6. 6. Commercial success Wayne's first color film was Shepherd of the Hills (1941), in which he co-starred with his longtime friend Harry Carey. The following year, he appeared in his only film directed by Cecil B. DeMille, the Technicolor epic Reap the Wild Wind (1942), in which he co-starred with Ray Milland and Paulette Goddard; it was one of the rare times he played a character with questionable values. He would appear in more than twenty of John Ford's films throughout the next two decades, including She Wore a Yellow Ribbon (1949), The Quiet Man (1952), The Searchers (1956), The Wings of Eagles (1957), and The Man Who Shot Liberty Valance (1962).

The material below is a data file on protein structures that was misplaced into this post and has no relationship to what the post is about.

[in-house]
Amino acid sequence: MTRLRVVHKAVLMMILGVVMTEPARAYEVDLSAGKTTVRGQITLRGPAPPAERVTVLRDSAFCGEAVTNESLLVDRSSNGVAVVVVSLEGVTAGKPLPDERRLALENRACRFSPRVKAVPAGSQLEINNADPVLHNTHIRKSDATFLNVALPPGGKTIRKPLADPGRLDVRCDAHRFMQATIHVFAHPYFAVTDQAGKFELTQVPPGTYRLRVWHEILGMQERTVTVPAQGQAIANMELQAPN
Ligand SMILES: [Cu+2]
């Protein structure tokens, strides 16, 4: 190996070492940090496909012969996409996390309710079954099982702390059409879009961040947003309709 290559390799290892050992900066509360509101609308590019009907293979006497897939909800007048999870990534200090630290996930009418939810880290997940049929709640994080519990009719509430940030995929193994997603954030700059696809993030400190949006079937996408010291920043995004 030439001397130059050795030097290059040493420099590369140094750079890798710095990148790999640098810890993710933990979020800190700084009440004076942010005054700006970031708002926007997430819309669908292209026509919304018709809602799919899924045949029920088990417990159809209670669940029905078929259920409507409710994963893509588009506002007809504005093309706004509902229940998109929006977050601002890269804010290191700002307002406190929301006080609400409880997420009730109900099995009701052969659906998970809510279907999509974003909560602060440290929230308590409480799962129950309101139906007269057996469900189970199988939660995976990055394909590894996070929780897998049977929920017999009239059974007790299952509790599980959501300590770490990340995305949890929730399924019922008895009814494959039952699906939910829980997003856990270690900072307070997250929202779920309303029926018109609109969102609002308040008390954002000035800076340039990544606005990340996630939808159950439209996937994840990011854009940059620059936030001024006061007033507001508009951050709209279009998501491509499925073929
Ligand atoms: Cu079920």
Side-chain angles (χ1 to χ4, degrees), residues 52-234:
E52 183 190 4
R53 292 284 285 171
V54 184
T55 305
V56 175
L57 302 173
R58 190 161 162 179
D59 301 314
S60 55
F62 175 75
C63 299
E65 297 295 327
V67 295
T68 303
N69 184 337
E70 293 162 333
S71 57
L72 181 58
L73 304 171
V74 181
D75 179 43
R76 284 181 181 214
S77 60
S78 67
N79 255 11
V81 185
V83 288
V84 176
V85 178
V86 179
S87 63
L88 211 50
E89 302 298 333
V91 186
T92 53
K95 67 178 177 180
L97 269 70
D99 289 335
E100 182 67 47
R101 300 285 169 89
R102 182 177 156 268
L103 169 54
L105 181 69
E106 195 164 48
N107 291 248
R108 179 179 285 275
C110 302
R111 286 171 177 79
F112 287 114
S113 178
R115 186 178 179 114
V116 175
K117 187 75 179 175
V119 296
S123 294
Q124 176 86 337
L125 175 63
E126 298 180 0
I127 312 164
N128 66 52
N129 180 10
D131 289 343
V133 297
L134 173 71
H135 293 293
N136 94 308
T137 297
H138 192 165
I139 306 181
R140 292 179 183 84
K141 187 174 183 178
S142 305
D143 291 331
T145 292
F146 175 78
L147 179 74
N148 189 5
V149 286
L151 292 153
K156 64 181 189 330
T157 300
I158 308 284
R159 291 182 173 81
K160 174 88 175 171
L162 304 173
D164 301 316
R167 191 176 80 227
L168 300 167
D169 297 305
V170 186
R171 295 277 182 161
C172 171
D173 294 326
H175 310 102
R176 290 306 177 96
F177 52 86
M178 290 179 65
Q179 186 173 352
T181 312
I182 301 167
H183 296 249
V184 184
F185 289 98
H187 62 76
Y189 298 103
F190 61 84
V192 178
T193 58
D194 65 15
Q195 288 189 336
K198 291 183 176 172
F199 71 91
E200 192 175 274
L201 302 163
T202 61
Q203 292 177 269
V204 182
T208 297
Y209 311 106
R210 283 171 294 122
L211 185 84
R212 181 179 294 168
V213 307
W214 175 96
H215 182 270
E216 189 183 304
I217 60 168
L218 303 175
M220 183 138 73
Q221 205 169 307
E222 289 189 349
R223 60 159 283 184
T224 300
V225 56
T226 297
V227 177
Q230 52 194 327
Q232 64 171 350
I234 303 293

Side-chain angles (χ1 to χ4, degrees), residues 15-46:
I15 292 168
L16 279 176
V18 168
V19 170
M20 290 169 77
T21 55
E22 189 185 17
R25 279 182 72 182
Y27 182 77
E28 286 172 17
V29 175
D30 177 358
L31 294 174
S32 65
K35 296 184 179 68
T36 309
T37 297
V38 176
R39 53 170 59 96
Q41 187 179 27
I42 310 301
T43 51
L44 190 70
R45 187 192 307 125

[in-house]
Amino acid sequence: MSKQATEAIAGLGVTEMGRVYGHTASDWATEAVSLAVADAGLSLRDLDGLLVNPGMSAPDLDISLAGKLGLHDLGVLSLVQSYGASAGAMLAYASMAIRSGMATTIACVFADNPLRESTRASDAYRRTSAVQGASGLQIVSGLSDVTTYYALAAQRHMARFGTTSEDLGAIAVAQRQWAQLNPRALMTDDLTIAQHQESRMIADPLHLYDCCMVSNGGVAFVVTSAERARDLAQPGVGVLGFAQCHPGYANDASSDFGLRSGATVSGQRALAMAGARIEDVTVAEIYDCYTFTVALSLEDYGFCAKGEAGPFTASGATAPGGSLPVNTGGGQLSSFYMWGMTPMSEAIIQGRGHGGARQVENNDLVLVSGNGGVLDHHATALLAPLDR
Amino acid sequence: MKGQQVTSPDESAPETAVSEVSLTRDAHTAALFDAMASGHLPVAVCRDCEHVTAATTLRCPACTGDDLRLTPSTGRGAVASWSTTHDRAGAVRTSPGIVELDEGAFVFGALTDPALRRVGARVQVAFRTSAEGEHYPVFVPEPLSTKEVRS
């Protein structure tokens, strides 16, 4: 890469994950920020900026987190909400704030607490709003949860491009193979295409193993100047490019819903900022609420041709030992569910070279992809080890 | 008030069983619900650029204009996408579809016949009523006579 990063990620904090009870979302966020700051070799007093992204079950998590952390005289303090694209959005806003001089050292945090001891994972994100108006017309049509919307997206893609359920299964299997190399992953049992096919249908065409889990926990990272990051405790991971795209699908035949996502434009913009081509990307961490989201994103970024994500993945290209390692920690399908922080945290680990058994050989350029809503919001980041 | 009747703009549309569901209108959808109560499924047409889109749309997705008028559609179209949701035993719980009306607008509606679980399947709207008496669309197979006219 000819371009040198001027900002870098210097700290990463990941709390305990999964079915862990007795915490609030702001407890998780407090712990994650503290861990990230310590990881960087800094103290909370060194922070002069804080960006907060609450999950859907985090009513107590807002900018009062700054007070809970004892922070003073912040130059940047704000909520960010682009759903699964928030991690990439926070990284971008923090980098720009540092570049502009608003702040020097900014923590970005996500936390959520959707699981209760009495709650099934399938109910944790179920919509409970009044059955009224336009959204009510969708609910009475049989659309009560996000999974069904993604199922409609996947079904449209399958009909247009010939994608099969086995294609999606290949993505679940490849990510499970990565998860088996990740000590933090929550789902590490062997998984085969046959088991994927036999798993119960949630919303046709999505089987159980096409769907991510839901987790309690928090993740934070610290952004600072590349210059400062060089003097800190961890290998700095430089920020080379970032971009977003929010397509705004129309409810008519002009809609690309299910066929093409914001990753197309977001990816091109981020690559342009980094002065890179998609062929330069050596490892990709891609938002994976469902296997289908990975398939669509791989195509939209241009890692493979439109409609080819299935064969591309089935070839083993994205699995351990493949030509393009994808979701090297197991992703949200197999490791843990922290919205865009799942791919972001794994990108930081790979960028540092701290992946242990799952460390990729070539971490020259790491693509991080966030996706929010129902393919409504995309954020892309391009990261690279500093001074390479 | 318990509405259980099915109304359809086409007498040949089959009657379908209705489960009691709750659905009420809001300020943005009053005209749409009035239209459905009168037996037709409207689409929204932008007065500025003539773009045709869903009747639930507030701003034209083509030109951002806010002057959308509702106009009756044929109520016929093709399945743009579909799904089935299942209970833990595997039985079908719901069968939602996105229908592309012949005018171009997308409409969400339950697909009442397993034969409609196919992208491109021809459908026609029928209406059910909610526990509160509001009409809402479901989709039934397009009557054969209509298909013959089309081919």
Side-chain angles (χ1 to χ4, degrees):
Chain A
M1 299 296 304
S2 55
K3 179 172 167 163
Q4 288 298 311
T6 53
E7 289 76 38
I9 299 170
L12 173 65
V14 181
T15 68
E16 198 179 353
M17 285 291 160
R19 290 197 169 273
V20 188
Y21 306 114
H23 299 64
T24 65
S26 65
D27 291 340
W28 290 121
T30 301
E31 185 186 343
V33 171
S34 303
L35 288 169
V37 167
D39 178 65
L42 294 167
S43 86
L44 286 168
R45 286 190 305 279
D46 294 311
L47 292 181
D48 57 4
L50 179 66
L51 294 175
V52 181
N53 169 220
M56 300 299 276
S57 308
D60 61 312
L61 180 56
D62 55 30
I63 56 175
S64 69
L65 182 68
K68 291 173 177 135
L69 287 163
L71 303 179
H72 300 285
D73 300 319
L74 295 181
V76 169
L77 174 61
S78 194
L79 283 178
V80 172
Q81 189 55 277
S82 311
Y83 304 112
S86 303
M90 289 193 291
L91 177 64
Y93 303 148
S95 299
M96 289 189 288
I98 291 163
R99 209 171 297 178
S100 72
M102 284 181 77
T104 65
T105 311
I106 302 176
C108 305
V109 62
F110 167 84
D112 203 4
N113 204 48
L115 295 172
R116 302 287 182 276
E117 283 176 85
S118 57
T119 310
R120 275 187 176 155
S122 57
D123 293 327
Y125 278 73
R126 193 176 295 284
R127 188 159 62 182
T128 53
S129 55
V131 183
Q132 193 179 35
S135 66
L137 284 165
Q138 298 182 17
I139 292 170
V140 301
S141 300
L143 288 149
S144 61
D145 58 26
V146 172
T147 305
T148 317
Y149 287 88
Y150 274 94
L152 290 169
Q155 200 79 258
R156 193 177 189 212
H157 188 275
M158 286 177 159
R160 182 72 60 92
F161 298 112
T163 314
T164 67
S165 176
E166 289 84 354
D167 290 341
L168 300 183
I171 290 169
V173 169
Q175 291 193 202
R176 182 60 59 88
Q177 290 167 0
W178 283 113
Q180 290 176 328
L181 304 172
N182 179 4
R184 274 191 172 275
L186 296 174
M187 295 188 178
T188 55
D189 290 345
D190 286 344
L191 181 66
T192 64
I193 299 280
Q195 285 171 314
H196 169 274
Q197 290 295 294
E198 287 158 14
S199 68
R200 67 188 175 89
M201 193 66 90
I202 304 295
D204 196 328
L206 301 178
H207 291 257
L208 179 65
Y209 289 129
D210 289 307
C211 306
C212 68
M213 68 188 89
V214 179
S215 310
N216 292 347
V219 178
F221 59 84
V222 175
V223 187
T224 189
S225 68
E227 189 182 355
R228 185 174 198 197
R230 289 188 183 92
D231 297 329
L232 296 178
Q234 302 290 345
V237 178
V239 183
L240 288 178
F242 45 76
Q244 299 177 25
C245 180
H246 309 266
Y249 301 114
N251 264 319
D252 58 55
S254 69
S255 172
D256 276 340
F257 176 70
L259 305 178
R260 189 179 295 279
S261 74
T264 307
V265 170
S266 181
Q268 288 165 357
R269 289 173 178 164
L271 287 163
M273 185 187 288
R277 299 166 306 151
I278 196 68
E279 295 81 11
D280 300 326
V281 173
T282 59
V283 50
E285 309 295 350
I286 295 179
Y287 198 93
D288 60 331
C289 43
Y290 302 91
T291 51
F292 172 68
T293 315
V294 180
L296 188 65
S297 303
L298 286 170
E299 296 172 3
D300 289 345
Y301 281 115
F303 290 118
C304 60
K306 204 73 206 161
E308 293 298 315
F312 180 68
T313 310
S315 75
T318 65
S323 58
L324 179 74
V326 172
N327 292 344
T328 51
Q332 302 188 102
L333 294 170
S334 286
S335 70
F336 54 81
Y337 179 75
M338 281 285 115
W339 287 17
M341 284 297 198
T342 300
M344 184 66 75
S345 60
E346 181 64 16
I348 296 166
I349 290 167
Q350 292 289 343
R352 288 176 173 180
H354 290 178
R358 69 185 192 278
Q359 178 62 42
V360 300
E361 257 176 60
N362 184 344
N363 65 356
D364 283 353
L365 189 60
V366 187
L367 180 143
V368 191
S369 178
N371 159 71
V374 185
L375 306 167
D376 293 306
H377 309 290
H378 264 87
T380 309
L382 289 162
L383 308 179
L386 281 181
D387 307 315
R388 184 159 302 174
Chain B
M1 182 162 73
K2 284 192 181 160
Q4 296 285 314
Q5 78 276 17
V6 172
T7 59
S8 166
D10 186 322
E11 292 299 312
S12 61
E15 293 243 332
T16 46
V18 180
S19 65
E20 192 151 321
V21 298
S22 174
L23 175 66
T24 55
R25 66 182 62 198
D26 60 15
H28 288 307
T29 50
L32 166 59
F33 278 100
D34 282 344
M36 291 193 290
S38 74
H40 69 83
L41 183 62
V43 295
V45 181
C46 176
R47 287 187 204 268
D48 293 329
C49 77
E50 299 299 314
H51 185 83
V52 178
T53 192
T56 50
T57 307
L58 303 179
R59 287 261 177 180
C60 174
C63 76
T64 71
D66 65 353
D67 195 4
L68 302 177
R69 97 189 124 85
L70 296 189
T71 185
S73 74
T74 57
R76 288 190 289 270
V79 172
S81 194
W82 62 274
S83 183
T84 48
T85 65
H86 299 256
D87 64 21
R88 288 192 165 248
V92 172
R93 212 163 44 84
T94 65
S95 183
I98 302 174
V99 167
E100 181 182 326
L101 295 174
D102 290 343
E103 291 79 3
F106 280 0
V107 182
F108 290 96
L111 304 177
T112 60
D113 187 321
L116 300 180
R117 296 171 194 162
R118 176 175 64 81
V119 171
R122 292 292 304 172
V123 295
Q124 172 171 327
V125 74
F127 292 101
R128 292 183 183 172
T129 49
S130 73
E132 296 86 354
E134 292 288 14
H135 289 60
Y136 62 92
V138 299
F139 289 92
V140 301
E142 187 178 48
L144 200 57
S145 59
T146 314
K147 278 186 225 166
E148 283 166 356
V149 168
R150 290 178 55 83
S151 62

7. 7. In 1949, director Robert Rossen offered the starring role of All the King's Men to Wayne. Wayne refused, believing the script to be un-American in many ways. Broderick Crawford, who eventually got the role, won the 1949 Oscar for best male actor, ironically beating out Wayne, who had been nominated for Sands of Iwo Jima. He lost the leading role in The Gunfighter (1950) to Gregory Peck due to his refusal to work for Columbia Pictures because its chief, Harry Cohn, had mistreated him years before when he was a young contract player. Cohn had bought the project for Wayne, but Wayne's grudge was too deep, and Cohn sold the script to Twentieth Century Fox, which cast Peck in the role Wayne badly wanted but for which he refused to bend.] One of Wayne's most popular roles was in The High and the Mighty (1954), directed by William Wellman, and based on a novel by Ernest K. Gann. His portrayal of a heroic copilot won widespread acclaim. Wayne also portrayed aviators in Flying Tigers (1942), Flying Leathernecks (1951), Island in the Sky (1953), The Wings of Eagles (1957), and Jet Pilot (1957). The Searchers (1956) continues to be widely regarded as perhaps Wayne's finest and most complex performance. In 2006, Premiere Magazine ran an industry poll in which Wayne's portrayal of Ethan Edwards was rated the 87th greatest performance in film history. He named his youngest son Ethan after the character.